320 pp., 6 x 9, 15 illus., 2 tables, notes, bibl., index
Paperback ISBN: 978-0-8078-5343-6
Published: March 2002
eBook ISBN: 978-0-8078-6035-9
Published: April 2003
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Harris, Frazier, and Bunche represented the vanguard of the young black radical intellectual-activists who dared to criticize the NAACP for its cautious civil rights agenda and saw in the turmoil of the Great Depression an opportunity to advocate class-based solutions to what were commonly considered racial problems. Despite the broader approach they called for, both their advocates and their detractors had difficulty seeing them as anything but "black intellectuals" speaking on "black issues."
A social and intellectual history of the trio, of Howard University, and of black Washington, Confronting the Veil investigates the effects of racialized thinking on Harris, Frazier, Bunche, and others who wanted to think "beyond race"--who envisioned a workers' movement that would eliminate racial divisiveness and who used social science to demonstrate the ways in which race is constructed by social phenomena. Ultimately, the book sheds new light on how people have used race to constrain the possibilities of radical politics and social science thinking.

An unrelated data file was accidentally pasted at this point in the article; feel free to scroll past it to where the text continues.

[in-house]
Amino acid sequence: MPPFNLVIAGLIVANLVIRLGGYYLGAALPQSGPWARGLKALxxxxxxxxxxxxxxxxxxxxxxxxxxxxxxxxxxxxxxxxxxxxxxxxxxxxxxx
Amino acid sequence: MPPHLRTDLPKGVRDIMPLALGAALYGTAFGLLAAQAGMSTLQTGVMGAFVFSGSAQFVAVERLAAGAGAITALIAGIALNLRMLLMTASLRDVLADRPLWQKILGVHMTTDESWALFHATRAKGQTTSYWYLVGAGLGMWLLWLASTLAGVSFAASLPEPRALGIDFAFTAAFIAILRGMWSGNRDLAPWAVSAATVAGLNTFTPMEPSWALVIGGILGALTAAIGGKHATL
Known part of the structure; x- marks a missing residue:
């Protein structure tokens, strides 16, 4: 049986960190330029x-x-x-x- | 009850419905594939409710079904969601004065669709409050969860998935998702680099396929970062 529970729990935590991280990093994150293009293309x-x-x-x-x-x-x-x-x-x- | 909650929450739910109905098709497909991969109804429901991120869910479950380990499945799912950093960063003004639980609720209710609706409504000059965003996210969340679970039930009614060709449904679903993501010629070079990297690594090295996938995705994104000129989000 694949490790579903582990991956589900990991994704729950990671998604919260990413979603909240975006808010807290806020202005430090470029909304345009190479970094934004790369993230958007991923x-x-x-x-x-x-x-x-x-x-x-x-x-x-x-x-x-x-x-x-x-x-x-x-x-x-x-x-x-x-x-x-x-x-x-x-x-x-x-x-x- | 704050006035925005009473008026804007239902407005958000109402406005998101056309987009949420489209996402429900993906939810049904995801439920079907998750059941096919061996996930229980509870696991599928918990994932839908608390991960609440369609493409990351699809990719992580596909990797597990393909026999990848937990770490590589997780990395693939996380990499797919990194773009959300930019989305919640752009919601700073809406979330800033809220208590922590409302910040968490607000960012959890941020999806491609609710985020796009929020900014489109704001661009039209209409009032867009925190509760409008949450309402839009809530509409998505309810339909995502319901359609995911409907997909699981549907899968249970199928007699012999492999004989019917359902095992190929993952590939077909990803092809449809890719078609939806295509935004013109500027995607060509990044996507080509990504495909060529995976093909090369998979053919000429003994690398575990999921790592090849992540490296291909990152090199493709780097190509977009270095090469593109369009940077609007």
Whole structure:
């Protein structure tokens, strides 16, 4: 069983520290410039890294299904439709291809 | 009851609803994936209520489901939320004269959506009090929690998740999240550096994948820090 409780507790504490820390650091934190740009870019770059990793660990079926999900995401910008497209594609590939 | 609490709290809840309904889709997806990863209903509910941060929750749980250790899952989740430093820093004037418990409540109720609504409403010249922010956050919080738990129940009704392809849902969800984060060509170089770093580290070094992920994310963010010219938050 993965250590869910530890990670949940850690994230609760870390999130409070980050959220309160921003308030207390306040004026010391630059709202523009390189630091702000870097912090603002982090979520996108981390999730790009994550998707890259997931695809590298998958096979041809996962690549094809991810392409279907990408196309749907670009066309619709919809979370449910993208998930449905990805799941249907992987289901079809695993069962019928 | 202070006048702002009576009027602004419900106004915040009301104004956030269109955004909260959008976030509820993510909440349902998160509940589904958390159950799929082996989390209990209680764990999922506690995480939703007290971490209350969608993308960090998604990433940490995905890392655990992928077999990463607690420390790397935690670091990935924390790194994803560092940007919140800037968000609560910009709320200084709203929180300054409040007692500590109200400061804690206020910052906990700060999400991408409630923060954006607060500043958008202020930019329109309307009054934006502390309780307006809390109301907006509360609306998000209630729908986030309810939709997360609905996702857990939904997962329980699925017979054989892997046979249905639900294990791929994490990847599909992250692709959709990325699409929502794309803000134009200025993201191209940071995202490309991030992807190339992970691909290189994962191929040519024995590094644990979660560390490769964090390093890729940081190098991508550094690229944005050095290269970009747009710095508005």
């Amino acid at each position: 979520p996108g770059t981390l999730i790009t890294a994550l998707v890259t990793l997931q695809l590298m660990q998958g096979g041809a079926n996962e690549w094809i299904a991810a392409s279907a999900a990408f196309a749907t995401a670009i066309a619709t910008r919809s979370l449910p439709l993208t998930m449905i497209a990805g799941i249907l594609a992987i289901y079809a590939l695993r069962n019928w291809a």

About the Author
Jonathan Scott Holloway is provost of Northwestern University.
For more information about Jonathan Scott Holloway, visit the Author Page.
"Holloway skillfully locates the work of his three subjects in their social and political contexts. This book will be valuable for those who are interested in the growing field of African-American intellectual history."--American Historical Review
"A very good book that deserves the close attention of persons interested in and intrigued by the issues of continuity and discontinuity in African American social scientific thinking."--Journal of American History
"In Confronting the Veil Jonathan Holloway has fused rich intellectual history with vivid biography to produce an engrossing exploration in the sociology of racial knowledge. This is an exceptional book."--David Levering Lewis, New York University
"This highly readable and insightful work provides us with compelling group and individual portraits of Bunche, Frazier, and Harris as social scientists, as thinkers, and as intellectual activists. It is an important contribution to the expanding historical discussion of the development and consequences of African American thought and politics in the 1930s."--Waldo E. Martin Jr., University of California, Berkeley